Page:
That Prophet Agabus Pays Paul Another Visit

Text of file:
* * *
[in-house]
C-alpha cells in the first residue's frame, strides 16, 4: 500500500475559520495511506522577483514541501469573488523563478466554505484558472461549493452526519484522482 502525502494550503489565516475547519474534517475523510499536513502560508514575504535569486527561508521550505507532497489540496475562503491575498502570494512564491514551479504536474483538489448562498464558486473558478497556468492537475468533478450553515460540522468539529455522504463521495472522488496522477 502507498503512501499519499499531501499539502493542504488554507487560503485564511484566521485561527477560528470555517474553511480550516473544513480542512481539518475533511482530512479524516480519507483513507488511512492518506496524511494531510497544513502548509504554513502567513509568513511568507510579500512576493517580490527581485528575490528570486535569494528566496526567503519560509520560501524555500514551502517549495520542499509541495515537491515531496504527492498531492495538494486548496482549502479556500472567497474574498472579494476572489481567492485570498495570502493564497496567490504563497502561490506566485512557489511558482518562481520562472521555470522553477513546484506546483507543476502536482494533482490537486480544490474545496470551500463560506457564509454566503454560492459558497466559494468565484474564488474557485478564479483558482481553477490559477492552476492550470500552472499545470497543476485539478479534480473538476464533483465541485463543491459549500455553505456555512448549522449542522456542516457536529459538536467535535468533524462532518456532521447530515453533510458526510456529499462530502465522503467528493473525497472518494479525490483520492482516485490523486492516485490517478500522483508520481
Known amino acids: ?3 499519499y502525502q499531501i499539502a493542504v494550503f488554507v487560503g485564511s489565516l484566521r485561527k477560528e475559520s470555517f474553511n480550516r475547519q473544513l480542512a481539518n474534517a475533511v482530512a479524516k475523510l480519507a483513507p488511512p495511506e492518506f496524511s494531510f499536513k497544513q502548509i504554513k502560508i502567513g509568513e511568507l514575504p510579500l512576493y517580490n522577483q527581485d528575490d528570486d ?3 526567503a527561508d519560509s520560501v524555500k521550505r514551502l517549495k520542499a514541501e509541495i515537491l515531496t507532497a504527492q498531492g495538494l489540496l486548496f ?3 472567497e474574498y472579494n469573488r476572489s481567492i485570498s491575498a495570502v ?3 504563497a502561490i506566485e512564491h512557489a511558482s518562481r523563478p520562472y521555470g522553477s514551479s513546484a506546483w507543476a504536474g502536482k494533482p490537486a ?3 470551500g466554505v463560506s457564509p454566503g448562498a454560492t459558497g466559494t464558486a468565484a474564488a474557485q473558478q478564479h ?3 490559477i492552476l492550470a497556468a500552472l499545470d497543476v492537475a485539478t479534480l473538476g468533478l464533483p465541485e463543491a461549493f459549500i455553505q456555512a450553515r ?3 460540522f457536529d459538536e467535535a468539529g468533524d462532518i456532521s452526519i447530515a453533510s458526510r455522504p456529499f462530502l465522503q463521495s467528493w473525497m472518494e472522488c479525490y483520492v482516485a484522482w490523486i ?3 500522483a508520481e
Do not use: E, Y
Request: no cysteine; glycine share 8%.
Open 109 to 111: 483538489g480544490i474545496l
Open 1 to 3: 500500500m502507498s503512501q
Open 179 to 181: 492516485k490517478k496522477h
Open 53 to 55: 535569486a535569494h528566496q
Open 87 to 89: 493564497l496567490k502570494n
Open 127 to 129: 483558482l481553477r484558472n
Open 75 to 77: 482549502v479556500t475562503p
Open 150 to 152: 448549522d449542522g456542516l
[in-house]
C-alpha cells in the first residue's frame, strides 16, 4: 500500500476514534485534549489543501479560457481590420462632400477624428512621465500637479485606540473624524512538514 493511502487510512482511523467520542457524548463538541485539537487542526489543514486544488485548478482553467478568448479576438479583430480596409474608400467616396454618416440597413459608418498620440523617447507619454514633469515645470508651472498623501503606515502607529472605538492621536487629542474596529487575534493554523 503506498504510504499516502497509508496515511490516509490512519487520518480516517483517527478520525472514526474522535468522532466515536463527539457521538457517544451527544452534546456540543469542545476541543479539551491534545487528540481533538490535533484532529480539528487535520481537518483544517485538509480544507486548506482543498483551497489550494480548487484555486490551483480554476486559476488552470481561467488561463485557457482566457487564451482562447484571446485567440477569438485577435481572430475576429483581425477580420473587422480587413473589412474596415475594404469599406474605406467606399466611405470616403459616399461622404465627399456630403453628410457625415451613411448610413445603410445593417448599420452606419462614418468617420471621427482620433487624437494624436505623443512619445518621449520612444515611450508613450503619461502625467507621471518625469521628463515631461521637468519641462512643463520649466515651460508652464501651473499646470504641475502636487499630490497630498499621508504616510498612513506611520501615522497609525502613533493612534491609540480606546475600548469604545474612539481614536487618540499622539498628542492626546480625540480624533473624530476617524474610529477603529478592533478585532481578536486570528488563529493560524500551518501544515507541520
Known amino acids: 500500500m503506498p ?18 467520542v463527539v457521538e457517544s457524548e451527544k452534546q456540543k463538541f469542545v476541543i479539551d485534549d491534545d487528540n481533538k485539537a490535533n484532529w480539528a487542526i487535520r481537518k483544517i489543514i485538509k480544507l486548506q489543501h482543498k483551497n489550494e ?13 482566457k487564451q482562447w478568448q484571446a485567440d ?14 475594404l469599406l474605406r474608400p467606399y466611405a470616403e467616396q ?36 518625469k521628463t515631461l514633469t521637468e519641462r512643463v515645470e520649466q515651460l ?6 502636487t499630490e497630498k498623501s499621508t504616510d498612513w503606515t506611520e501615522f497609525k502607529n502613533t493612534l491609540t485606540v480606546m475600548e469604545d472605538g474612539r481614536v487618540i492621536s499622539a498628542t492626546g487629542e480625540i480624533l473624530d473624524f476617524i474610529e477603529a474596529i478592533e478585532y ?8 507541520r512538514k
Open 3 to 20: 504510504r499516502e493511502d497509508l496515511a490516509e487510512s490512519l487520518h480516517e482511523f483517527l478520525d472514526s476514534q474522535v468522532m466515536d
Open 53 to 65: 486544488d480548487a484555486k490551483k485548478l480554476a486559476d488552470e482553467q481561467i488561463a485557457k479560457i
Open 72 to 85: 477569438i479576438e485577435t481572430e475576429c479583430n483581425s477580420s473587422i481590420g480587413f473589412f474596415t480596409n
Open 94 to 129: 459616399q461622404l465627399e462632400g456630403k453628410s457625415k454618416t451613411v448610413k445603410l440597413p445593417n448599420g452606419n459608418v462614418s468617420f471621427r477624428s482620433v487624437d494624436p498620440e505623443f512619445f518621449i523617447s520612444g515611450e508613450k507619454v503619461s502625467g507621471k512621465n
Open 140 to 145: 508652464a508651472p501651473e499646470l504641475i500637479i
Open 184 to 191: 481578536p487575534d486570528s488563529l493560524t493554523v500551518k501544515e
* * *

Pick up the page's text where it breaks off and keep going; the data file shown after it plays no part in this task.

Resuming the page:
“And as we tarried there many days, there came down from Judea a certain prophet, named Agabus.” (verse 10) now, this is not Paul’s first meeting with Agabus.  Agabus had come to Antioch in Syria, back in chapter 11, and many years before this, about 15 years before this, Agabus had come, and if you remember, it says that he prophesied there at Antioch, and in these days prophets from Jerusalem unto Antioch, when Paul was there, “and there stood up one there named Agabus, and he signified by the Spirit that there would be a great dirth, a famine throughout all of the world,” the Mediterranean world, “which came to pass in the days of Claudius Caesar.”  So Paul is familiar with him, somehow he’s led in the Spirit, he knows Paul was at the house of Philip the evangelist, has built-in guidance systems that guides him, the Holy Spirit, and he gets there, “And when he was come unto us, he took Paul’s girdle, and bound his own hands and feet, and said, Thus saith the Holy Ghost, So shall the Jews at Jerusalem bind the man that owneth this girdle, and shall deliver him into the hands of the Gentiles.” (verse 11)  Very interesting, Agabus doesn’t say to Paul ‘Don’t go,’ that’s not what he’s saying.  He’s just prophesying and he’s just predicting, he doesn’t forbid, he simply says ‘This in fact is what is going to happen,’ everybody else is telling Paul ‘Don’t go to Jerusalem,’ Agabus says ‘The person who owns this piece of clothing is going to go to Jerusalem, and when he gets there, this is what’s going to happen to him.’  But Paul had determined to go.  Luke said “And when we heard these things, both we, and they of that place, besought him not to go up to Jerusalem.” (verse 12)  They begged Paul not to go up to Jerusalem, now that was Philip, it was probably his four daughters, ‘Please, Uncle Paul, please Uncle Paul,’ they probably prophecied too, you can imagine, and the men that were with  Paul, we know that they’re begging Paul not to go.  Look at verse 13, “Then Paul answered, What mean ye to weep and to break mine heart? for I am ready not to be bound only, but also to die at Jerusalem for the name of the Lord Jesus.” Isn’t it interesting, ‘I am ready both to be bound and to die in Jerusalem,’ was he supposed to go, or was he not supposed to go?  The church is saying ‘Paul, you’re a treasure, you’re a living treasure to us, the church needs you so desperately, all of this prophesying, all of the warning of the Spirit that you’re not to go to Jerusalem,’ you know, are they right, or are they wrong?  Paul had already written the Corinthian letter, and said in chapter 13, ‘now we prophesy in part,’ even, I grew up in the Pentecostal side of the Church, people appreciated it, sometimes you don’t.  But even when it’s right, that it’s imperfect, it’s the Holy Spirit moving through a human being, and sadly, and sometimes more degrees than others, you get a certain aspect of that human being in the spiritual thing that’s being communicated.  It’s like drinking out of the hose in the summer.  You appreciate the water, but just has that rubber-hose taste, I mean it’s great and it’s cold, but it’s just the conduit kind of adds a flavour to it, I don’t mind that hose flavour a lot when I’m thirsty.  But there’s some of that in this.  Anyhow, it’s no doubt some of those gathered there who feel the oppression of the Spirit, not really [knowing] exactly how to communicate [it], saying ‘He shouldn’t go.’  Paul says ‘Well I’m bound in the spirit to go,’ you have Agabus saying ‘The guy who owns these clothes when he gets to Jerusalem,’ so he’s prophecying it’s gonna happen, this is what’s going to happen to him.  Just, chapter 23, you don’t have to turn there, it says, now he’s in Jerusalem, he’s been taken, giving account, said, “And Paul, earnestly beholding the council, said, Men and brethren, I have lived in all good conscience before God until this day.” (verse 1) and what he’s saying there, ‘I wasn’t convicted, I didn’t feel like I was doing something wrong or grieving the Spirit, I lived in good conscience in coming here, the way that I’ve lived.’  And then of course a riot starts, we know all of the things that happen.  In chapter 23, verse 11, it says “And the night following the Lord stood by him, and said, Be of good cheer, Paul:  for as thou hast testified of me in Jerusalem,” he started a riot, “so must thou bear witness also at Rome.” Jesus appeared to Paul, Paul is in prison.  And Paul had said that earlier, ‘I just know I need to go to Jerusalem, and perhaps God will allow me to go to Rome also.’  And now he’s hearing the very same thing from Jesus.  So, the estimation of Jesus Christ was, that he gave a good testimony.  Well, what do we do?  You know, we have to be very careful when we pull the trump-card, and that is ‘The Lord told me.’  It’s ok when we’re doing it to ourselves, ‘Well I think the Lord told me to do this or do that.’ [sometimes, but be careful, try the spirits that be, to see if they are in fact of Christ, you can go down the wrong road and waste a lot of time and effort]  It’s much different when you say to somebody ‘I think the Lord told me you’re supposed to do that.’  Now I don’t want people telling me that, too much, sometimes I appreciate it.  I don’t mind it when somebody tells me ‘The Lord told me he’s going to bless you,’ and I think ‘You must really hear clearly, that’s a wonderful thing.’  But you can imagine in a church this size, I get all kinds of ‘messages from the Lord’ from different people.  I’ll get ready to fly somewhere, and in fact I had someone say ‘I had a dream, and I saw the plane exploding, and everybody was…’ and I’m thinking ‘Well, thanks…’  The gift of prophecy, Paul said, is to edify the church, I’m thinking to myself ‘I don’t feel very edified right now, so I’m hoping that was pepperoni pizza and not a prophecy in that dream.’  But there’s always that mixture, I think they were both right.  The impression that was coming on the hearts of people was this, ‘that bonds and afflictions awaited Paul in Jerusalem,’ and the Holy Spirit was signifying that, people were getting the sense of it.  Isn’t it interesting?  But I think Paul was correct in also saying ‘I’m driven, I can’t turn back, the Lord is telling me to go.’ And Jesus will ratify that, in fact when he appears in Paul’s cell [in Acts 23:11].  Isn’t it an interesting picture here, he says ‘Why are you making me weep, you’re breaking my heart,’ he says, ‘none of this moves me, I’m ready not only to be bound, but also to die at Jerusalem, if that’s what the Lord wants, just for the name of the Lord, for his sake.’  “And when he would not be persuaded, we ceased, saying, The will of the Lord be done.” (verse 14)  Now that tells us, they were trying to dissuade him from going to Jerusalem, it says “he would not be persuaded,” and Luke says, “we ceased, saying, The will of the Lord be done.” ‘We couldn’t convince him, we couldn’t persuade him,’ that meant they were deliberately trying.  Why was it, that they couldn’t persuade Paul?  ‘Danger ahead, we love you, this isn’t good, we don’t want to see anything happen to you.’  Paul’s saying ‘Well there’s danger, I understand the Holy Spirit’s telling me that, but I know in my heart I’m supposed to go,’  ‘Can’t we persuade you not to go?’  A number of months earlier he had written this, “we are more than conquerors through him that loved us…for I am persuaded” this is what he was persuaded of “that neither death, nor life, nor angels, no principalities, nor powers, nor things present,” that would be Jerusalem “nor things to come, nor height nor depth, nor any other created thing shall be able to separate us from the love of God which is in Christ Jesus our Lord.” (Romans 8:37b-39)  Paul was already persuaded of something, and he had already written that truth to the Romans, within several months previous to this, and no doubt those things are burning in his heart.  And Luke says ‘And when we saw that we could not persuade him, then we just said ‘Alright, the will of the Lord be done.’’  I believe it was Paul’s destiny, he said he wanted to finish his course, to go to Jerusalem.  Because from Jerusalem, he goes to Caesarea, where he’s there for almost two years, and no doubt interviews take place there, no doubt that’s where Luke spends time going back to Jerusalem, gathering the information for the Gospel that he will write.  He attended to Paul there in Caesarea.  And as then Paul finally goes to Rome, he writes his prison Epistles, Ephesians…Colossians, you read through 2nd Timothy, you read through them, they changed the world, those prison Epistles touched the entire world, and Paul no doubt reached way more people writing those Epistles than if he himself had been free, traveling and evangelizing.  So, God’s direction here, Paul now going to Jerusalem, the rest of the disciples saying ‘Well, we relent, the Lord’s will be done, Paul.’